Tennessee is a great place to compare mask-mandated places with ones that aren’t and see if such governmental overreach really does contribute to slowing the spread of COVID-19. If they help, surely some evidence of that would be in the data, right? Since I’m a resident of the eastern part of the state, I decided to run the numbers myself. When I first started getting the data together, I didn’t know entirely what to expect. If there was a sharp difference showing masked counties doing better than unmasked ones, it would be a truth I would have to report, even if it went against my preconceived (in this case anti-mask) notions.
And boy was I correct. While we’re not allowed to insert tweets or images in op-eds, you can view my data here. Since COVID appears to be seasonal and often hits different parts of the nation at different times and Tennessee is a WIDE state, I stuck with only the east Tennessee area for this particular analysis. For simplicity, I also left out counties that chickened out and issued mask mandates in the middle of the time period. Then I ran the numbers for 17 contiguous counties for the period from October 1 to December 22. Nine did not have a mask-mandate in place, while eight did.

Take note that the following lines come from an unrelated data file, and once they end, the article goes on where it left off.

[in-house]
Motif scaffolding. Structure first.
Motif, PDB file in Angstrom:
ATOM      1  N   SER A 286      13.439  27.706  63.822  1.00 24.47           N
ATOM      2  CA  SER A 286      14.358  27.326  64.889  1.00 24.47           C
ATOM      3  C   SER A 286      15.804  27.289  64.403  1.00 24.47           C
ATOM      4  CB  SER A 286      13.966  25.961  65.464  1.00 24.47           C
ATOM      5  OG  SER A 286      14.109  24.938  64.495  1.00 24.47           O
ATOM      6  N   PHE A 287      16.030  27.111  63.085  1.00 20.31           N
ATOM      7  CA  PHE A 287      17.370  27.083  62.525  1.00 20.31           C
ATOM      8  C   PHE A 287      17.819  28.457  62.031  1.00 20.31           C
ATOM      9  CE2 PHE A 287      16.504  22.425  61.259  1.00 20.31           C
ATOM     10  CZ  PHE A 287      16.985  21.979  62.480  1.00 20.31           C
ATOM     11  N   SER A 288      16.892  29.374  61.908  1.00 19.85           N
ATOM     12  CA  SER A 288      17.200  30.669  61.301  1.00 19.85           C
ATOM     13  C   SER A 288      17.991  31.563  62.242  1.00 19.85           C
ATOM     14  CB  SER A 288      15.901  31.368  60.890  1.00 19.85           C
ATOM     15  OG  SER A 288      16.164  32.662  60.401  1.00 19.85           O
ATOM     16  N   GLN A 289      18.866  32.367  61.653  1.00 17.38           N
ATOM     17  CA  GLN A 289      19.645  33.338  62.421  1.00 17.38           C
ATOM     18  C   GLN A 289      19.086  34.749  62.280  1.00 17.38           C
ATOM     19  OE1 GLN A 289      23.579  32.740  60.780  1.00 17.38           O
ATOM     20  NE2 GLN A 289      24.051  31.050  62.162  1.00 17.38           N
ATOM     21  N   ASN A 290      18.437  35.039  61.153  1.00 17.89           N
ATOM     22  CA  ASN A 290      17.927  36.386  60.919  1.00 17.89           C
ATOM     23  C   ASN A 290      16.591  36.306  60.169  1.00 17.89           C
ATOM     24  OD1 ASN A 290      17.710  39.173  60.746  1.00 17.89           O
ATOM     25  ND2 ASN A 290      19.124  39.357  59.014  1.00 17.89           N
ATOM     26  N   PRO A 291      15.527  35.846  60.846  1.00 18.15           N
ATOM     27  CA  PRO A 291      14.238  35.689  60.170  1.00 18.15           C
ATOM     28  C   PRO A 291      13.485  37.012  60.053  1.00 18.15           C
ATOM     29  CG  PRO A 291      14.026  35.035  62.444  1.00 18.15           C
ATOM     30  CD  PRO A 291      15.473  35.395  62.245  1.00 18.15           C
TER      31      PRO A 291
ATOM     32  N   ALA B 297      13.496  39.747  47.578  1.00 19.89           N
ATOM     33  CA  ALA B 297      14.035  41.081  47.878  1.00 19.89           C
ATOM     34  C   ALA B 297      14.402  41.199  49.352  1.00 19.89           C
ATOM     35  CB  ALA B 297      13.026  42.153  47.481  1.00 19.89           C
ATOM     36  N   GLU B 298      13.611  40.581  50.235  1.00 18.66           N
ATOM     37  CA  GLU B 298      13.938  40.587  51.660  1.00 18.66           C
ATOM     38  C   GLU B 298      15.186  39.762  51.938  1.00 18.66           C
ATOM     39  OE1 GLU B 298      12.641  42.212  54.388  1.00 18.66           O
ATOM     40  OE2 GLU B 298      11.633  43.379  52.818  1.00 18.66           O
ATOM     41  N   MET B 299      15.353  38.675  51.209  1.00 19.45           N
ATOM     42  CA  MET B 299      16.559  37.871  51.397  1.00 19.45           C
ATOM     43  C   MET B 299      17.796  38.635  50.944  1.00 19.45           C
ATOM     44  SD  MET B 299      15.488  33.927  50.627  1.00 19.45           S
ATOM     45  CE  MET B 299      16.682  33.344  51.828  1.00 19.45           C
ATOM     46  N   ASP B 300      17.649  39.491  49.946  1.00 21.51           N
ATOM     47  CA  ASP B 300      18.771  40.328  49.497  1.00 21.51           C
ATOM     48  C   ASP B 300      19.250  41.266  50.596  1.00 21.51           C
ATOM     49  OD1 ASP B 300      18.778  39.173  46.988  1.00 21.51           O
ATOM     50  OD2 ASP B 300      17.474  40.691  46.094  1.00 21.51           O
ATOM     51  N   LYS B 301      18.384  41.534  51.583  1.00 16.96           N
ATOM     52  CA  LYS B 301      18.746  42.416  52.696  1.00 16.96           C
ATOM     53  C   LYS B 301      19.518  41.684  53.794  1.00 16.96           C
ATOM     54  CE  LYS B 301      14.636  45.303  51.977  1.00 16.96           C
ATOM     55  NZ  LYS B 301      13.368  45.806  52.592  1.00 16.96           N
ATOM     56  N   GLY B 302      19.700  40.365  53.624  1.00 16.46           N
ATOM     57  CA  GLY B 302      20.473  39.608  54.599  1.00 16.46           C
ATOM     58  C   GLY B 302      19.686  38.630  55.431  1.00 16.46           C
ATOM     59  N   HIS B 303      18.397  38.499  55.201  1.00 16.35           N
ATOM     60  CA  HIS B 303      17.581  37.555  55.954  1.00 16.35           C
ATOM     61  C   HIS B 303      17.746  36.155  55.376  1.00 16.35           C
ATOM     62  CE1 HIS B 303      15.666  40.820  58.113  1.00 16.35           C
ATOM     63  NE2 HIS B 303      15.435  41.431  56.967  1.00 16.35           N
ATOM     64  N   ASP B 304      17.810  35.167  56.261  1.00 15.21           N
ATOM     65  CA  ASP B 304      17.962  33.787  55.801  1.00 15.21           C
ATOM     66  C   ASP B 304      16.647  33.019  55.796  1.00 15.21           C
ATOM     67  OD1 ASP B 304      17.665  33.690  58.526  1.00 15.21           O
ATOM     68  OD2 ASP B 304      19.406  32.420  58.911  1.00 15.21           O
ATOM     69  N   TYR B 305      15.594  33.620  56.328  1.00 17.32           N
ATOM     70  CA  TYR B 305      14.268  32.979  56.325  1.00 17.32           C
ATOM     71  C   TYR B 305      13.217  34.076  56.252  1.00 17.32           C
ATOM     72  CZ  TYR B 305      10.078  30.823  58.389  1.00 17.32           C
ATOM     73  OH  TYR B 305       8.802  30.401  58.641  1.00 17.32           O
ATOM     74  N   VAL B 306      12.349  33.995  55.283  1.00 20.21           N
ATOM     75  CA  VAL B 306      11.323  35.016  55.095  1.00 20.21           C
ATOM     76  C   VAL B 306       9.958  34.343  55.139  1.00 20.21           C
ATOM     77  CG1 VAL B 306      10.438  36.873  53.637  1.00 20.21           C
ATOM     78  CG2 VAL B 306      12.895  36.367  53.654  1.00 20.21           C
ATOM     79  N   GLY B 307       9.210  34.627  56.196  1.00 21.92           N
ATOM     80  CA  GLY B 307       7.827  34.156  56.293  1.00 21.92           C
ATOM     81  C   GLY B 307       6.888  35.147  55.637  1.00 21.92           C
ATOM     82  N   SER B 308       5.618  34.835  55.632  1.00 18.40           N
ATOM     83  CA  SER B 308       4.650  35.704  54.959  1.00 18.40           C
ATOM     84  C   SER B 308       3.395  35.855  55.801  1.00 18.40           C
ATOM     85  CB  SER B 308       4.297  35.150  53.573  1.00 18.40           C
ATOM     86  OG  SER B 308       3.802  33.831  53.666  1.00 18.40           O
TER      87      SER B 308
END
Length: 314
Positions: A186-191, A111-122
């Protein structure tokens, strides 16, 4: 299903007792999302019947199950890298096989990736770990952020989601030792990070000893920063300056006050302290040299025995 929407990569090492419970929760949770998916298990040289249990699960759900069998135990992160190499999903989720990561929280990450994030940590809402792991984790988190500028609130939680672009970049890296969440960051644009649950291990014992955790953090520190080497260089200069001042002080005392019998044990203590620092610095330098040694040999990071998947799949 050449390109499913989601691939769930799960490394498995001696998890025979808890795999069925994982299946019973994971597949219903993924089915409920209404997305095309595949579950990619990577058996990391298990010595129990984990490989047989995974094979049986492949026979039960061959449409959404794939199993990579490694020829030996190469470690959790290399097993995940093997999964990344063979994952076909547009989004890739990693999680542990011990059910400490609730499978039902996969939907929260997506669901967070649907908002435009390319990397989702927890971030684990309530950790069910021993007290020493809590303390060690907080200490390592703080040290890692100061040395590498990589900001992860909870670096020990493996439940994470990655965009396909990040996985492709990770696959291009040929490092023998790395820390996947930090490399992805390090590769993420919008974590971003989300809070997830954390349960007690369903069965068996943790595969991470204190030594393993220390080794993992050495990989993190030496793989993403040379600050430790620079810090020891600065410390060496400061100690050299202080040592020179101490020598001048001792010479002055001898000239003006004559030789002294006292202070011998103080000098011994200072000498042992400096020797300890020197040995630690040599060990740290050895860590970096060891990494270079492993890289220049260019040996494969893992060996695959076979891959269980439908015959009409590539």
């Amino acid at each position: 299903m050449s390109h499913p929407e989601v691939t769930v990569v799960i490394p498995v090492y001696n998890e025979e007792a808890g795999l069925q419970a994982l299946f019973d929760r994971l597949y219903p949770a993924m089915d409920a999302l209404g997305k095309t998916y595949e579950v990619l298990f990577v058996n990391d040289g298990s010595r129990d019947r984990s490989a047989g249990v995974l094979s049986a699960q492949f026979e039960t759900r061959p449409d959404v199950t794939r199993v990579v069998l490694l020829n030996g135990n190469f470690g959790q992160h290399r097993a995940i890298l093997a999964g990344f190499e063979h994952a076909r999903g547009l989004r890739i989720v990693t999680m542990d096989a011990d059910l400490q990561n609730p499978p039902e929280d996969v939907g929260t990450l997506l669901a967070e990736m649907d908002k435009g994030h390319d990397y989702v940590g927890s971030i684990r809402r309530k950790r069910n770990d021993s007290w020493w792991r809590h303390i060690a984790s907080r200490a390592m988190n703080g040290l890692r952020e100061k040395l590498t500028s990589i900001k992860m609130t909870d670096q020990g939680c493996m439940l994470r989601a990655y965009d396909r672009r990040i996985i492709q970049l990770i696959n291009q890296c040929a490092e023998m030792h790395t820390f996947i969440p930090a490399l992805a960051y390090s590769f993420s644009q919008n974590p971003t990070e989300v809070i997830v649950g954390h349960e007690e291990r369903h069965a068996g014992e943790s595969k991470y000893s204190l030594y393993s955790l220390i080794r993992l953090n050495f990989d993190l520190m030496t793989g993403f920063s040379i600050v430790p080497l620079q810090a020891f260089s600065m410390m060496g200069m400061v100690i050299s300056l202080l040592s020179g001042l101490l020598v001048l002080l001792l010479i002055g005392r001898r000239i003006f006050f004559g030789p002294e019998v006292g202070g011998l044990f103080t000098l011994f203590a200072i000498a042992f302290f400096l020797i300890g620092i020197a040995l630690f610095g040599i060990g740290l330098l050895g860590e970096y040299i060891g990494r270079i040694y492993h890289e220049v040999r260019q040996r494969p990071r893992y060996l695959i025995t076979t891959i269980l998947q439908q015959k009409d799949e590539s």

Over the allotted period, counties with mask mandates saw 4.7% of their population infected while those without them saw a 4.6% infection rate. Interestingly, Hawkins County, which let its mandate expire at the end of September, had 4.3% of its population infected, while Carter County had 5.1% infected with a mandate in place. Both have nearly identical populations.Townhall.com